Self-Knowledge and Insight–the CASA program’s pre-training interview tool was amended to include questions that help identify a potential volunteer’s motivation for doing CASA work, based on research showing that retention is better when people come to this work with a sense of personal and professional mission and are well-matched to their position. The use of the revised tool has increased the number of volunteers who complete the training. Teams also posted their mission statements and held discussions about how each person’s work contributed to the agency mission.

 

Sense of Hope–recognizing staff and volunteers with thank you notes, retreats and activities that underscore the difference they are making helps build a sense of optimism that increases resiliency and decreases turnover. Teams had volunteers design individual t-shirts that answered the question, “What gives you hope?” These were hung in the CASA lobby and “made hope visible” to staff, volunteers and visitors. Opportunities for laughter and fun in the workplace are also simple ways to build strengths in this core element.

 

Healthy Coping–having protocols in place to deal with child deaths or other crises—including debriefings and monthly wellness meetings with a volunteer counselor—and increasing supervision to focus not only on how the case is proceeding but how the volunteer is handling the stress of the court system are keys to retention. Simple steps include recognizing that the work has an impact and designing ways to make sure the impact is addressed.

 

Strong Relationships–build an organizational culture that supports workers, including a commitment to addressing conflict and negative actions before they rise to the level that warrants a grievance. The focus must be on relationships that sustain workers, with clear lines drawn to make sure the “work” family does not detract from the “home” family.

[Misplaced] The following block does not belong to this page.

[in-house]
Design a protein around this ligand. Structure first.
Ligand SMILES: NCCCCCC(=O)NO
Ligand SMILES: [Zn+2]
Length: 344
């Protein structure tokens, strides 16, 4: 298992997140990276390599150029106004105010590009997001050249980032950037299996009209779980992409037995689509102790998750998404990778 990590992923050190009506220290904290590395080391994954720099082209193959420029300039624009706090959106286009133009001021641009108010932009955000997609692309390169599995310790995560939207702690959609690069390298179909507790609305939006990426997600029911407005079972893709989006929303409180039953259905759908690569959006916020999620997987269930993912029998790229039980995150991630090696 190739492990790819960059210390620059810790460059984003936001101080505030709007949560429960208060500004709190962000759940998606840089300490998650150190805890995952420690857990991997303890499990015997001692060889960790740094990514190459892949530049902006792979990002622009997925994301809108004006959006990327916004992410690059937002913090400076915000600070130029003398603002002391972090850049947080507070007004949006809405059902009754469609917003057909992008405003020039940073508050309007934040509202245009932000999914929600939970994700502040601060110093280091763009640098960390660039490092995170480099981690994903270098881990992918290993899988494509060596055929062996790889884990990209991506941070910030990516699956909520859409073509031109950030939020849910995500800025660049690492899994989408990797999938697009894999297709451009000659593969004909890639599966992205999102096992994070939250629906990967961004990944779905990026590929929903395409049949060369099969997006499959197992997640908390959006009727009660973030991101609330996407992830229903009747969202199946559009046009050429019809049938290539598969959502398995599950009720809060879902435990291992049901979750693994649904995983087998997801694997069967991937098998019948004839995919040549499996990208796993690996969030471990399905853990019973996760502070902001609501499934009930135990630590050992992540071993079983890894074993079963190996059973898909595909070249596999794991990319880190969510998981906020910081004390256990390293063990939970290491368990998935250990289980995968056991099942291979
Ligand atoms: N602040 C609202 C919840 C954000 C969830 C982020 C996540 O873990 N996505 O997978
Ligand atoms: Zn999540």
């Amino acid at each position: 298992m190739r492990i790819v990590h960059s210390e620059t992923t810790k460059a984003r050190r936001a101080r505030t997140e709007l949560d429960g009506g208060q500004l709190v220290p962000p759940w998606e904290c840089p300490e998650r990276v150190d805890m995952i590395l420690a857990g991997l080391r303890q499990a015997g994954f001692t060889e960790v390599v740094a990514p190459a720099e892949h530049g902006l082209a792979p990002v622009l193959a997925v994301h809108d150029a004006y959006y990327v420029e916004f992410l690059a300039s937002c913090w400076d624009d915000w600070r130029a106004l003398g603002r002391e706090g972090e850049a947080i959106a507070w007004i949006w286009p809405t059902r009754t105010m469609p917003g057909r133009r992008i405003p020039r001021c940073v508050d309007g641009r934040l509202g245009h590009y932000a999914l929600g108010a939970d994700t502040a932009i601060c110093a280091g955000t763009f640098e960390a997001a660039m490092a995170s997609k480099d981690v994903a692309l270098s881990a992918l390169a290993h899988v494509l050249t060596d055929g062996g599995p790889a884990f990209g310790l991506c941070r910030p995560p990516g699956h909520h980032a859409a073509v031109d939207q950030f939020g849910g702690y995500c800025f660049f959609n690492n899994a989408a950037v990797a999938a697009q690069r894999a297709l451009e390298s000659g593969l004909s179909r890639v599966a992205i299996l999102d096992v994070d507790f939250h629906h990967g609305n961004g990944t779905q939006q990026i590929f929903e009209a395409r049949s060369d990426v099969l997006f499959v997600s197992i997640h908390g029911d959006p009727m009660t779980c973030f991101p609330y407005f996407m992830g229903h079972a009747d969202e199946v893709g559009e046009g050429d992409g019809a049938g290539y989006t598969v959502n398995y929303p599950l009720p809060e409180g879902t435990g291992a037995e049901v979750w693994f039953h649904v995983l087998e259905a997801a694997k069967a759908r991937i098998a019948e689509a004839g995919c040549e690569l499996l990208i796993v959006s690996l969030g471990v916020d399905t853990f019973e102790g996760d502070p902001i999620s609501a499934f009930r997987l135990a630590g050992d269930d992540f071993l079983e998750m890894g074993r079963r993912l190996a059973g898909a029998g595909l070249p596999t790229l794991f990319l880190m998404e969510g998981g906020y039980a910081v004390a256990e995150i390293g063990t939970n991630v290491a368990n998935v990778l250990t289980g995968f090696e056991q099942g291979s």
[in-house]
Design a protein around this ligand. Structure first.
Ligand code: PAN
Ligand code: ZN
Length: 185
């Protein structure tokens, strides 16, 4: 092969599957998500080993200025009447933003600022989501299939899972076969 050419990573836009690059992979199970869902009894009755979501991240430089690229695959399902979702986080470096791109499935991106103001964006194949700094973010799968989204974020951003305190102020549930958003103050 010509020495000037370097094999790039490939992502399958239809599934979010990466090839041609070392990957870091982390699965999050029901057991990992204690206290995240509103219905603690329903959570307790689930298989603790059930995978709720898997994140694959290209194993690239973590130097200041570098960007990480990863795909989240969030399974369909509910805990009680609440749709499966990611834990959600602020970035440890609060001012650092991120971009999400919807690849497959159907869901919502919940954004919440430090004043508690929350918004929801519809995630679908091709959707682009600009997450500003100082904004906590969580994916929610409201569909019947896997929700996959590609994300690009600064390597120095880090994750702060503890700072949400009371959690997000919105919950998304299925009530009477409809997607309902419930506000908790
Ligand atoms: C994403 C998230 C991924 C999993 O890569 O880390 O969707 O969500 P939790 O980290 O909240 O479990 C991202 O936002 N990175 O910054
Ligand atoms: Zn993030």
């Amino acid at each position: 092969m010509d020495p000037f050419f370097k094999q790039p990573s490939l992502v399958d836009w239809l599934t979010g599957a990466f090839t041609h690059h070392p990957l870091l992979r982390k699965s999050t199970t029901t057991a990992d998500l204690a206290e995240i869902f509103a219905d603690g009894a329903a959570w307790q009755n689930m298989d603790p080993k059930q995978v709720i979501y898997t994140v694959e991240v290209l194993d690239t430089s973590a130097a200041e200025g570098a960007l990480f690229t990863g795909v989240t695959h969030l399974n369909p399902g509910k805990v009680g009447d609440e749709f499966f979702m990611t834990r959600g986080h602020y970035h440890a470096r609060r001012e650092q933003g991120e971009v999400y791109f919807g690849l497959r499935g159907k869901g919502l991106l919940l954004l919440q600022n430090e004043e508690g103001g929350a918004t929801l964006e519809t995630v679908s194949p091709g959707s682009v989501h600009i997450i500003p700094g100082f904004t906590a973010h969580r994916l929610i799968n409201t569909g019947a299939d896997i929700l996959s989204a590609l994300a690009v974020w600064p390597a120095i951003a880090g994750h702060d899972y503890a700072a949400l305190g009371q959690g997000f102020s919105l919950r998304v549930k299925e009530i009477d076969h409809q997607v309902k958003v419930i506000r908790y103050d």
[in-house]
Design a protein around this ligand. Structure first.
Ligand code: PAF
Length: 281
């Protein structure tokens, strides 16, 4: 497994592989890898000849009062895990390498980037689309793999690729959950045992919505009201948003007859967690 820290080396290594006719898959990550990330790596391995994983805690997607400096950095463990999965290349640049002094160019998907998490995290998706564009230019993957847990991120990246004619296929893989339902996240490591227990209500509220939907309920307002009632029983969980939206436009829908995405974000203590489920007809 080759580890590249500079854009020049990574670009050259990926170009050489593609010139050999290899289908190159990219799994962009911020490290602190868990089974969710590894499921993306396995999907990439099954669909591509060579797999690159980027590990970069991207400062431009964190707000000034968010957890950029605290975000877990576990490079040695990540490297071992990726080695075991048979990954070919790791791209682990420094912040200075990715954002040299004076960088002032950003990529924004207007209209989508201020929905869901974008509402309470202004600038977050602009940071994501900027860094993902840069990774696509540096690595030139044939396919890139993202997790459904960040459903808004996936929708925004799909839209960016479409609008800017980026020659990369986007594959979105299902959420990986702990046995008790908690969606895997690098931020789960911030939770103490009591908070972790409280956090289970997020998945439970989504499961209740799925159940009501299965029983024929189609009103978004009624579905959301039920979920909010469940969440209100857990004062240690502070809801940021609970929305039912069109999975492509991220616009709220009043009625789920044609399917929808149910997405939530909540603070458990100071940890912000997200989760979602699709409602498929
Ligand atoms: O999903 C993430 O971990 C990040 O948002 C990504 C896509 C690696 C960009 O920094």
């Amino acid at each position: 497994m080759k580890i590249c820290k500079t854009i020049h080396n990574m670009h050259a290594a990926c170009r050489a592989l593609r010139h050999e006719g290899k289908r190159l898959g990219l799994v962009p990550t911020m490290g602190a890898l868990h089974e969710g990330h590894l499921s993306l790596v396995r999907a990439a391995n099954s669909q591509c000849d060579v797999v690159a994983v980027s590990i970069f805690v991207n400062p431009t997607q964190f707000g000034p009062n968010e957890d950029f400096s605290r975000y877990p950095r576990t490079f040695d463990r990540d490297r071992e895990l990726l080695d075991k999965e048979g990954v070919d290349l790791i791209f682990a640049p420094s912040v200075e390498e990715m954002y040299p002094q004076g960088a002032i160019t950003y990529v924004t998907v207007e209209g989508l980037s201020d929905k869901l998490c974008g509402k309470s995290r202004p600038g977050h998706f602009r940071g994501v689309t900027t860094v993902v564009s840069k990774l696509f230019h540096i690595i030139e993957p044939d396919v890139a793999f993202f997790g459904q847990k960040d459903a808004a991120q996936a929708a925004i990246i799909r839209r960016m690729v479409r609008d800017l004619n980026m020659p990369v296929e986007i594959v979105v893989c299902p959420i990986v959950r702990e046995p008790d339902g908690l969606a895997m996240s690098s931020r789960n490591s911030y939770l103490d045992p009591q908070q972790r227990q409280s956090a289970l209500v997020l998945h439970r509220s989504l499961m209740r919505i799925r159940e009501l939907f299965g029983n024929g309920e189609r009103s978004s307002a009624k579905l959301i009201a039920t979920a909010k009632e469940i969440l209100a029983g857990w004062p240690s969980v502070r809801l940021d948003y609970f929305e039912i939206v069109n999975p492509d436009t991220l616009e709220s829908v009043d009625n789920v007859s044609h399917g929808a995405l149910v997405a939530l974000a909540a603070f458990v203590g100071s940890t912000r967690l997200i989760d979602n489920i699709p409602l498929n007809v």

Personal Perspective and Meaning–fostering reflection and journaling that helps workers “make meaning” of the work and its alignment with their personal values. These can be accessed through one’s own moral code, spirituality or meaning-making process.

 

OVC is now working with UT-IDVSA and others to make the materials from the Resiliency Project available throughout the nation. The team is shaping IDVSA’s three-day, in-person training curriculum into an innovative blended learning approach—using e-learning technology and in-person training to deliver the content. The CASA resiliency coaches are featured in videos that will be part of the blended-learning curriculum.

 

“CASA has been a key partner in this effort to create an organizational resiliency model,” said Karen Kalergis, UT-IDVSA Resiliency Project Director. “We have really enjoyed working with Sally Erny and the CASA resiliency coaches to make this much-needed resource available to the field. We are excited about continuing our partnership with National CASA and sustain staff and volunteers who advocate for abused or neglected children within the court system.”

 

For more information on the Resiliency Project, contact Karen Kalergis.

The US Department of Justice has supported CASA advocacy since 1985 through its Office of Juvenile Justice and Delinquency Prevention.